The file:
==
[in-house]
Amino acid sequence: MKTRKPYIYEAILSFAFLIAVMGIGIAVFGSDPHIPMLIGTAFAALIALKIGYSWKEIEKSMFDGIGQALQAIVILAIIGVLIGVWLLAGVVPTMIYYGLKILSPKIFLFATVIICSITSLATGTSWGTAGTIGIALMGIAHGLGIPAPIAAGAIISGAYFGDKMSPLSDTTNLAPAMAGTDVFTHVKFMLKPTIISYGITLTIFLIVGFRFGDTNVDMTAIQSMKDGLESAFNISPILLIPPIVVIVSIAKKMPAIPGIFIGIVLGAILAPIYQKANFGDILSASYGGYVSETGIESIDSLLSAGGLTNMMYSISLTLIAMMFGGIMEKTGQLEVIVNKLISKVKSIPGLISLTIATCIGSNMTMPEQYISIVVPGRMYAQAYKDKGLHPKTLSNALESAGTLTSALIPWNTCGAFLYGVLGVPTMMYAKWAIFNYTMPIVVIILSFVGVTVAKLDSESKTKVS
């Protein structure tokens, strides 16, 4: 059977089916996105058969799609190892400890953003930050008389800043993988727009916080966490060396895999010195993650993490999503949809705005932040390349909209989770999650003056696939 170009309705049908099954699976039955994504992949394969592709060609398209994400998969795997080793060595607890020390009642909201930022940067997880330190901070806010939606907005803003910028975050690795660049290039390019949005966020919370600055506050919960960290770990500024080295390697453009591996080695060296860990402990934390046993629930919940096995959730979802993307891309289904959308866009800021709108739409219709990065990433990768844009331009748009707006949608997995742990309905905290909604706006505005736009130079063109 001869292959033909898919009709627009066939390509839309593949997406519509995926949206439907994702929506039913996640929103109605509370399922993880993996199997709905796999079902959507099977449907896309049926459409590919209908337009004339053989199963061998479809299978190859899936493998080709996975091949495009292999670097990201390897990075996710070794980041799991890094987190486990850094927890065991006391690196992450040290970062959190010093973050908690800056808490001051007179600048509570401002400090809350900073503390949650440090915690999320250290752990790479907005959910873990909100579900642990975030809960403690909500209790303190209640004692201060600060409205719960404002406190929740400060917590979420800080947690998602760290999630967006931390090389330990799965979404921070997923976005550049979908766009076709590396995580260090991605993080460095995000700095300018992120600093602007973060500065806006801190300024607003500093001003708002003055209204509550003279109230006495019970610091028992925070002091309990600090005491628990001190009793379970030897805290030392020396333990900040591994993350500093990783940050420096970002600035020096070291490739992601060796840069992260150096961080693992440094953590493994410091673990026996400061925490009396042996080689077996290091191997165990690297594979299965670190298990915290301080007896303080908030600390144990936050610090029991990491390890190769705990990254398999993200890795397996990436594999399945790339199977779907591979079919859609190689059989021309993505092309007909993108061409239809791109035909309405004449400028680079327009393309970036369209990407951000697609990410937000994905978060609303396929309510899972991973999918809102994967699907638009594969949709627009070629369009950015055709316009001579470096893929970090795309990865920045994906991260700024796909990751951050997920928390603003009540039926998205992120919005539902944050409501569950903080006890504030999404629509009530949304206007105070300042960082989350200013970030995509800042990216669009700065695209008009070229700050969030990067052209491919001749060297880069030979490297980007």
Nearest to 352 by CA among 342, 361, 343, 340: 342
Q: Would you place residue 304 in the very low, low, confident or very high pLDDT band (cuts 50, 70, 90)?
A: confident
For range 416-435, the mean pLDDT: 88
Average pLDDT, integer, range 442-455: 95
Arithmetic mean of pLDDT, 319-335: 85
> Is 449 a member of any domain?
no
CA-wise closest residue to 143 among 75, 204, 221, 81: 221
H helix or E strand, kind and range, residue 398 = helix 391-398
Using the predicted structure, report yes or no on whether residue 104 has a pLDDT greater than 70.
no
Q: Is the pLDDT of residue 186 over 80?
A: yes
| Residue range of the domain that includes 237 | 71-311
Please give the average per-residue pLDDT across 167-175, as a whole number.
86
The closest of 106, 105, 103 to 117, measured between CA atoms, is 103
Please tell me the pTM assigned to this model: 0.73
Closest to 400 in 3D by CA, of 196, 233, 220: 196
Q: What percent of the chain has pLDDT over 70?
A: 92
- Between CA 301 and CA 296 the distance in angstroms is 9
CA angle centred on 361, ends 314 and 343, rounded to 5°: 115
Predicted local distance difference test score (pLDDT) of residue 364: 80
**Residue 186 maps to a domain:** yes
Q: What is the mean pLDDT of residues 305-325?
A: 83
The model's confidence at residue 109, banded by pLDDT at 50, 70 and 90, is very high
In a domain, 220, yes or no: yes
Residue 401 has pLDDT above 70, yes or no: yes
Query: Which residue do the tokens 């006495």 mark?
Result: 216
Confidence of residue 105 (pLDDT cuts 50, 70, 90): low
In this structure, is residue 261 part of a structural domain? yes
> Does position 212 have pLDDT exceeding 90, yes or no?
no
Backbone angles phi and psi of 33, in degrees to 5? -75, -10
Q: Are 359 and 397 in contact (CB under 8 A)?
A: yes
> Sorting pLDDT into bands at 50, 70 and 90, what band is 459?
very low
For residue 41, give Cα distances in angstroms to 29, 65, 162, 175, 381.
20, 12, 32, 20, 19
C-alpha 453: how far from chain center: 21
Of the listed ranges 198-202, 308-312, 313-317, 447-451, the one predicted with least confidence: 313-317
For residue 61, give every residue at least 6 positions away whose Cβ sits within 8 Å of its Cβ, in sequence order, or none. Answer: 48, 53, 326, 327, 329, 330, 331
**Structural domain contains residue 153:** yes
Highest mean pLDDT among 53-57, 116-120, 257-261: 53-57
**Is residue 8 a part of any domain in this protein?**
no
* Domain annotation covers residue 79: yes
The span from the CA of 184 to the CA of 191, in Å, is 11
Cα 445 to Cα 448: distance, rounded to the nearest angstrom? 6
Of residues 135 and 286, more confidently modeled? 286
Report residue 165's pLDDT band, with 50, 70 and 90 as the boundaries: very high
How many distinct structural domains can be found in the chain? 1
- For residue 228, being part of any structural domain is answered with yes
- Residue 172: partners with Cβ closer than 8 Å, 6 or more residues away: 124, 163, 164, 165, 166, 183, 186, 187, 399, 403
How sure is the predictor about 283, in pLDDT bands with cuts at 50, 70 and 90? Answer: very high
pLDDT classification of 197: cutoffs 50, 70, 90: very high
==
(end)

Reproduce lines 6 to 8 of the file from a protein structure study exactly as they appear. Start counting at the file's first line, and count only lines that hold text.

A: confident
For range 416-435, the mean pLDDT: 88
Average pLDDT, integer, range 442-455: 95